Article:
Dr. Albright replied to Mr. Ivanov that ”there will be consequences for Russia, including the possibility of sanctions, if Russia proceeds with its plans for unilateral withdrawal,” said Richard A. Boucher, the State Deparment’s chief spokesman. ”We are continuing to discuss this with Russians.”

    Officials in Congress who were briefed on the Russian action on Tuesday expressed anger that it was concealed from them for two weeks after Dr. Albright received the Ivanov letter.

    A State Department official defended the administration’s silence, saying that the secretary of state and other officials were quietly trying to persuade the Russians to reconsider.


  3. Den says:

    It started snowing here @ 3:30 and sticking, yikes!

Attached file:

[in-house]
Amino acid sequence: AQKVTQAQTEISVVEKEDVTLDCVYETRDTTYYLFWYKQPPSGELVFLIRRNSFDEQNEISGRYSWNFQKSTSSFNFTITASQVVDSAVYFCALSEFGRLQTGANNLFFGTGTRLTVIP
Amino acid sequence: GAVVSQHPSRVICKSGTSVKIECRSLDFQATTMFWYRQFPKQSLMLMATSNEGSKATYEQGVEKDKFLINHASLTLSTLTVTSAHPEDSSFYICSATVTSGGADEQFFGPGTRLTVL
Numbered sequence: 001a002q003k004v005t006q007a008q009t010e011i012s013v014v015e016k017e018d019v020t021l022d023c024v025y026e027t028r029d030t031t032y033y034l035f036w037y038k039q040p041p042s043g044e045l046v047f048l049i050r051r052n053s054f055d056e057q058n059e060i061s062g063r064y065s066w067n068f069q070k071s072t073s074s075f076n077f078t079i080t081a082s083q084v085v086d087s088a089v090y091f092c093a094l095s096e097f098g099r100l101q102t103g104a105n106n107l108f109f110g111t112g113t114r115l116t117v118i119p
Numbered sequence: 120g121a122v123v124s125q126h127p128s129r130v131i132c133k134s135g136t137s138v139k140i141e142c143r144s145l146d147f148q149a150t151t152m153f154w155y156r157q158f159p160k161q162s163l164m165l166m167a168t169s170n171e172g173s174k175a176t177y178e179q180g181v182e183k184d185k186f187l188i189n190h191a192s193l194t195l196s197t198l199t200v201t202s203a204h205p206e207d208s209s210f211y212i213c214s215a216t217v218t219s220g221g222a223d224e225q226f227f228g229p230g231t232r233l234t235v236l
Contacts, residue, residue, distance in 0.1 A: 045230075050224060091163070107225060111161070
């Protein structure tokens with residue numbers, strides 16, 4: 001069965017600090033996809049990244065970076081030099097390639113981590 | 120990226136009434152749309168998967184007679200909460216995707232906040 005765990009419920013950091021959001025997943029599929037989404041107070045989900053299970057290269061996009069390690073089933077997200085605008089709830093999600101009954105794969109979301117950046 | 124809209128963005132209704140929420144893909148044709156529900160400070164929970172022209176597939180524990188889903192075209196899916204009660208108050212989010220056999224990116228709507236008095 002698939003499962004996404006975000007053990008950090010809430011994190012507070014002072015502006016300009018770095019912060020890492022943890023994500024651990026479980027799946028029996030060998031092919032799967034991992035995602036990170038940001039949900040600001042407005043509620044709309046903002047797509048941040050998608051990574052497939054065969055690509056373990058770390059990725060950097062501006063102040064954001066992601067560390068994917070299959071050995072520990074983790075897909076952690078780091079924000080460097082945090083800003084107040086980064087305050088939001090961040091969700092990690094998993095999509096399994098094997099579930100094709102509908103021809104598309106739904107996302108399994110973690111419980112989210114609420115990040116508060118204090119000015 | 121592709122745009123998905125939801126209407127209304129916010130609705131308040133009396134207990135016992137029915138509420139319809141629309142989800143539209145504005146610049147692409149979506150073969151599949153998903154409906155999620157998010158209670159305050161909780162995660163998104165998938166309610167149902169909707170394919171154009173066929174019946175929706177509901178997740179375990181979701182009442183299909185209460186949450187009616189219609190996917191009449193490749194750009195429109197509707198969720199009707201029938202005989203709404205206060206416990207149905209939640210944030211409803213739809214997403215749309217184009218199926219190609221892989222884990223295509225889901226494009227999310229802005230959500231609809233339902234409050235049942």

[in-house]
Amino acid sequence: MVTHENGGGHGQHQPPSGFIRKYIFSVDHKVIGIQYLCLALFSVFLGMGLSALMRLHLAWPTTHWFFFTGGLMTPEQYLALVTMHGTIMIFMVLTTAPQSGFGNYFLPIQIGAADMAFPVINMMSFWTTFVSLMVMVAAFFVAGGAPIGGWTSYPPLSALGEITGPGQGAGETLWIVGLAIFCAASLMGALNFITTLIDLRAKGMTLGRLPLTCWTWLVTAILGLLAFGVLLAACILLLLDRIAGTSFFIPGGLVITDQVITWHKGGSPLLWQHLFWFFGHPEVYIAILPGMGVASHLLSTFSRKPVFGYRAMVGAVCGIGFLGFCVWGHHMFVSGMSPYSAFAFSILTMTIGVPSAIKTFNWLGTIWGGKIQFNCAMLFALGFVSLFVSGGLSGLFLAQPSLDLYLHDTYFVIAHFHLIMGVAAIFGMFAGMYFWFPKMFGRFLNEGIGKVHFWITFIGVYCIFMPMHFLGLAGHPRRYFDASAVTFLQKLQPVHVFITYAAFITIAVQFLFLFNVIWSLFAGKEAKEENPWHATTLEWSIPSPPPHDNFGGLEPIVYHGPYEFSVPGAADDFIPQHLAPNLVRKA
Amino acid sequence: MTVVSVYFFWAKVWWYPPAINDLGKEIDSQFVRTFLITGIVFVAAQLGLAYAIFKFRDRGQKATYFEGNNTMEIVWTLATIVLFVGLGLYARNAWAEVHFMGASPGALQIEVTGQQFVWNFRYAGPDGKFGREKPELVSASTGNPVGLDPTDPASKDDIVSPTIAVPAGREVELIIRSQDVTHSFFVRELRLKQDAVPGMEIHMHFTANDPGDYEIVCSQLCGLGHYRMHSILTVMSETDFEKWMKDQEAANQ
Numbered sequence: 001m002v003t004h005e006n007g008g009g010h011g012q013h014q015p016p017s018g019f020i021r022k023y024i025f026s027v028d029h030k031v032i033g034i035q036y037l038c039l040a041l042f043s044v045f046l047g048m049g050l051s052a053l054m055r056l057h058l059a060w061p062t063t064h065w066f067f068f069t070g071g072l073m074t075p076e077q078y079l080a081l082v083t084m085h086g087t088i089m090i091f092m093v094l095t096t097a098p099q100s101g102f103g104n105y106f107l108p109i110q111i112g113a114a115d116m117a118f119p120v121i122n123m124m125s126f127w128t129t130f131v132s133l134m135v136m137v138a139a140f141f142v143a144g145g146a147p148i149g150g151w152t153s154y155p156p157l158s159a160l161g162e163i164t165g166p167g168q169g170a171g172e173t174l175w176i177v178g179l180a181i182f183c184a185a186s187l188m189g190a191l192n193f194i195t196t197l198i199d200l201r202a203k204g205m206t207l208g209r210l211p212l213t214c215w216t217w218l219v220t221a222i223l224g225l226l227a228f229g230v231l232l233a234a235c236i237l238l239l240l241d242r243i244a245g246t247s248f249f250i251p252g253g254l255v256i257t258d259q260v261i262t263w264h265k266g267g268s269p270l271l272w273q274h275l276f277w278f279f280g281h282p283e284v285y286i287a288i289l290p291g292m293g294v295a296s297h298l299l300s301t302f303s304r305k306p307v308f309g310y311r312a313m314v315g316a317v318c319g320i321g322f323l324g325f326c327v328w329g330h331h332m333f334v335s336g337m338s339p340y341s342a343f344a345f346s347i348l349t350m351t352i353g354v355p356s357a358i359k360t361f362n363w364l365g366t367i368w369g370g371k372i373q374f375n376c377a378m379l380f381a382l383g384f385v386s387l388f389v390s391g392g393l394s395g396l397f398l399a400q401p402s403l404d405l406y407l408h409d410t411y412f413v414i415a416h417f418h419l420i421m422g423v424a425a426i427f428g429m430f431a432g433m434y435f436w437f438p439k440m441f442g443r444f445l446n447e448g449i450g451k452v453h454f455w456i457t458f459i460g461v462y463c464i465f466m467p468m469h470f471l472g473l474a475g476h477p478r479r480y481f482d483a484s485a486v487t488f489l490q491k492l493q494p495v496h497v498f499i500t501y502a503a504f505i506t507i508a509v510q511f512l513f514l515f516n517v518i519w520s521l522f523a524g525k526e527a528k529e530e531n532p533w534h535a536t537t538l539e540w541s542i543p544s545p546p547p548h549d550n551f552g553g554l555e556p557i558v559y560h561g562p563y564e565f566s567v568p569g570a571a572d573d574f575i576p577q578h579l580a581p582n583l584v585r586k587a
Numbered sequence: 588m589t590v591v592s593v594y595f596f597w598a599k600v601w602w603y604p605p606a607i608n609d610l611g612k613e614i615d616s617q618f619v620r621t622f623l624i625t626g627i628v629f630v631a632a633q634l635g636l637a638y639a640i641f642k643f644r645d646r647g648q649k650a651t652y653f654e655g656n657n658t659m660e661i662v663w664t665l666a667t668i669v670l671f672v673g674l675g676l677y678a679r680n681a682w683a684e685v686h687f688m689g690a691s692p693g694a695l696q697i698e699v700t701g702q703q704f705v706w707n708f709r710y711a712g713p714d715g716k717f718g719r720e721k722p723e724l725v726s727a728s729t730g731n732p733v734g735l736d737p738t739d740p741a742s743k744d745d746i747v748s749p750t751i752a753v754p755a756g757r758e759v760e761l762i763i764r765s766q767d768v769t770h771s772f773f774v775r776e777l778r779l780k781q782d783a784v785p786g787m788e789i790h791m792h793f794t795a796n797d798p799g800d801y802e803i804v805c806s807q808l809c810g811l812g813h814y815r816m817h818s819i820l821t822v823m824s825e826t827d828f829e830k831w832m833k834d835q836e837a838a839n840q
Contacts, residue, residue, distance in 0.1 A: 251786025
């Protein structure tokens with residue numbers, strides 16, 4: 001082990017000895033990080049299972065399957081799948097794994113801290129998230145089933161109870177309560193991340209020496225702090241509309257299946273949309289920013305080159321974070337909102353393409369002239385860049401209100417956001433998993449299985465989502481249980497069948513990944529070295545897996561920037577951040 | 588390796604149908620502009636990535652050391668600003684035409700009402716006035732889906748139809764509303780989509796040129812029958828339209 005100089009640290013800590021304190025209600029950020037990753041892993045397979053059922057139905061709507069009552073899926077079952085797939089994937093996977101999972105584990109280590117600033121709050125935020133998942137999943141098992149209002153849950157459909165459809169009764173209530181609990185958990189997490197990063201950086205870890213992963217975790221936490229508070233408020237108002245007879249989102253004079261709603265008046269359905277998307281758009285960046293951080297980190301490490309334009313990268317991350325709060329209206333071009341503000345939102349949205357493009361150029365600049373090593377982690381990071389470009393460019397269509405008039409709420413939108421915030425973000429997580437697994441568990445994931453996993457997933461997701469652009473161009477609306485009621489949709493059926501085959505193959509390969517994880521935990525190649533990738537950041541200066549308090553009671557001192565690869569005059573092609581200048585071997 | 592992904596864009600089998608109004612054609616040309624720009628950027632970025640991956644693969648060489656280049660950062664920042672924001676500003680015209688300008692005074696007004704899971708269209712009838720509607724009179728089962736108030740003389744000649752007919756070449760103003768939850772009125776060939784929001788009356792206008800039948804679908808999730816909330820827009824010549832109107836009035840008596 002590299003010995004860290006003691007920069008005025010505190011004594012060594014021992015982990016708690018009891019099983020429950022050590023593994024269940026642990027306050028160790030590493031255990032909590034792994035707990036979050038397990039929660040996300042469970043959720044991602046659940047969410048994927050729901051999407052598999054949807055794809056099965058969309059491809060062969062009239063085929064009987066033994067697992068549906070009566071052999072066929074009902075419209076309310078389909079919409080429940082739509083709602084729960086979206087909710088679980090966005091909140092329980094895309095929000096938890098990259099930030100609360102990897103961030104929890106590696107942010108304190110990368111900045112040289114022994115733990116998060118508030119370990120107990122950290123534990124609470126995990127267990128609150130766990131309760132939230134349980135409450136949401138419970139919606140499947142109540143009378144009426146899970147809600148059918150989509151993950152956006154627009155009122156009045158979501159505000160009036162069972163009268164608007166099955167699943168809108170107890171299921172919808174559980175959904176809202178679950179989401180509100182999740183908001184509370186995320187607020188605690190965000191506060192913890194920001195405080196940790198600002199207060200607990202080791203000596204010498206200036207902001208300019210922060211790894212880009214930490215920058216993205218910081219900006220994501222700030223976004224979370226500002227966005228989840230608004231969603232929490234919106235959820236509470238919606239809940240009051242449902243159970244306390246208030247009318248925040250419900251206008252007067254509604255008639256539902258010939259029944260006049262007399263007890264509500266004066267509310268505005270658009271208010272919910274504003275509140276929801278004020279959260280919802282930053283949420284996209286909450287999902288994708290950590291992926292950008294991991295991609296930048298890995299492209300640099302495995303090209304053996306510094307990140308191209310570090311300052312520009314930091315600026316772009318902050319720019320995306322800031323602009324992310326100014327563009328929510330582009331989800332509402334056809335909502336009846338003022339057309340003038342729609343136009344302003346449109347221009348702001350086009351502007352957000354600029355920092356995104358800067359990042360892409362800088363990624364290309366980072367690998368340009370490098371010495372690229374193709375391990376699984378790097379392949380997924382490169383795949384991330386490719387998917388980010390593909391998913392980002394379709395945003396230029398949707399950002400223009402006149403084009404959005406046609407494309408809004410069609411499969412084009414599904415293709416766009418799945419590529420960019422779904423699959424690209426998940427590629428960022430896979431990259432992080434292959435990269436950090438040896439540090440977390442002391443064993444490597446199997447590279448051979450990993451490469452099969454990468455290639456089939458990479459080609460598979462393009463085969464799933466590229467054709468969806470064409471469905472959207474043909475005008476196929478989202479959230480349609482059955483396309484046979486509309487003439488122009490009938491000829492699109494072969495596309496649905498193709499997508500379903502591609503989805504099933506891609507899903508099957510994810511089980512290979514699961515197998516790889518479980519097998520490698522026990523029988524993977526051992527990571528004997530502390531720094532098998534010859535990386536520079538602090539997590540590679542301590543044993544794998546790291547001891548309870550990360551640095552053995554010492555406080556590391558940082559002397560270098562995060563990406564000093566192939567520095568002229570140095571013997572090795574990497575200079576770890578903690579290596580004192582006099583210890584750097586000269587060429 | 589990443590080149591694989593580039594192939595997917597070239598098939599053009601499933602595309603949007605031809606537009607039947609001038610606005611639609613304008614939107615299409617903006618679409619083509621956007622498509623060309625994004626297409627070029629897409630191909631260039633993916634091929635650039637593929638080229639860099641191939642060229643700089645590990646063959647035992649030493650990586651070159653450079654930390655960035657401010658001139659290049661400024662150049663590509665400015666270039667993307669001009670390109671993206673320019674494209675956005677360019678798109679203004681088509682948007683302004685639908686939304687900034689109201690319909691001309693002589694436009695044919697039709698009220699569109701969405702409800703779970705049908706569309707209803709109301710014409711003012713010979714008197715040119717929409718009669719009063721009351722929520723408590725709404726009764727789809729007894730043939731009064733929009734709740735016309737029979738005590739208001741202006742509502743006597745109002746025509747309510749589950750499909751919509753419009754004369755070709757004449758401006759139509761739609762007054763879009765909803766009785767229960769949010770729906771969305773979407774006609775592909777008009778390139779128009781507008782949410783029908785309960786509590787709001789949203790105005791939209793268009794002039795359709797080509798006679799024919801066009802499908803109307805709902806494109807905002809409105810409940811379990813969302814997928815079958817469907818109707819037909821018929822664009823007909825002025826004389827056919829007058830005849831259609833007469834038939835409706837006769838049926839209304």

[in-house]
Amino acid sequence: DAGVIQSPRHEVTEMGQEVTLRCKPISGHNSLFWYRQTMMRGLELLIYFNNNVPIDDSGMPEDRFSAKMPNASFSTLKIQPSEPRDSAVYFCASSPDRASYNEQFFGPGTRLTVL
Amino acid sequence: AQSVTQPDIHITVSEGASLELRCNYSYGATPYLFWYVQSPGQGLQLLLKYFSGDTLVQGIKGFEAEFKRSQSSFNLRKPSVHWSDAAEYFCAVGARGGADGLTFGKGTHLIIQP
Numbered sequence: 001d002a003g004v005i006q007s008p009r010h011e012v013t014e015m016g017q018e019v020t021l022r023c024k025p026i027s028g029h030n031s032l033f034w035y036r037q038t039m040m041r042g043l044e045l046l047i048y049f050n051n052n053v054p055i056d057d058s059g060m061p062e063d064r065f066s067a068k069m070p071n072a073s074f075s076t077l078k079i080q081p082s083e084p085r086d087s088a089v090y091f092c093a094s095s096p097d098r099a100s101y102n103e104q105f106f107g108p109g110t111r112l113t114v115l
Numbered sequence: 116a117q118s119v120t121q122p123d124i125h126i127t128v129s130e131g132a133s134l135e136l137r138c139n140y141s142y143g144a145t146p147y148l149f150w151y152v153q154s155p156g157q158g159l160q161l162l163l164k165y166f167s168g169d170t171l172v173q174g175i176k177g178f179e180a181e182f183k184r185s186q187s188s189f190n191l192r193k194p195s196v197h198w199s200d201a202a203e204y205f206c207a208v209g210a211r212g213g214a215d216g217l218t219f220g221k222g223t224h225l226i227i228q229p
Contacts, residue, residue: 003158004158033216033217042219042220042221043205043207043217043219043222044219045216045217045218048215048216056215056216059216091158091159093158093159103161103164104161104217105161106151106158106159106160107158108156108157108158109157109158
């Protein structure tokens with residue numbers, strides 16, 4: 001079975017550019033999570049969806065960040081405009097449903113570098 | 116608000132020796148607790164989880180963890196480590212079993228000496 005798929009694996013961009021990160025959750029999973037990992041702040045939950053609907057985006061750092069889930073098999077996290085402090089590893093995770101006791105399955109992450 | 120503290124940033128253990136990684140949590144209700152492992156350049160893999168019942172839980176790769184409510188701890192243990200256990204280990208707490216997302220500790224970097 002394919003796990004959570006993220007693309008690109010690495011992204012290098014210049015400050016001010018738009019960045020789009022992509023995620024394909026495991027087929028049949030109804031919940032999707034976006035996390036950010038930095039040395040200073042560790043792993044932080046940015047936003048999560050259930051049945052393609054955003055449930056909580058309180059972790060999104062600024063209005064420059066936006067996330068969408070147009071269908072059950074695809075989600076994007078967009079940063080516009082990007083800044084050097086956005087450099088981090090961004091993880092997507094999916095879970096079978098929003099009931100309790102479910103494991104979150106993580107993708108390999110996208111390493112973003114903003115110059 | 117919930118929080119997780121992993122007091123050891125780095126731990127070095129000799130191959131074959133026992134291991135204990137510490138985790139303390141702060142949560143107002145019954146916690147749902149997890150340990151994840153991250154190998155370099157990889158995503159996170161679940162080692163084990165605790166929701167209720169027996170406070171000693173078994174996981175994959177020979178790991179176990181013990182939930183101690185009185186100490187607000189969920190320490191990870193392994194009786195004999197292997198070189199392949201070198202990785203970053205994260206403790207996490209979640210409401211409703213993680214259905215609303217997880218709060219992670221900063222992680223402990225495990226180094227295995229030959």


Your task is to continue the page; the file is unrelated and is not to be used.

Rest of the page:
• Micki says:

      He should have stopped speaking in the previous paragraph…irresponsible, IMO, to segue into suggesting “the good news is…” . Good news??? No. This guy probably just wanted to keep his seat at the table…

      All of us here at DWF knew long ago that the Paris Agreement was thin gruel…and the U.S. — even before Trump — paid no attention to taking a leadership role.

      “The reductions required can only be achieved by transforming the energy sector. The good news is that since wind and solar in most places have become the cheapest source of electricity, the main challenges now is to design and implement an integrated, decentralised power system.”


  4. Den says: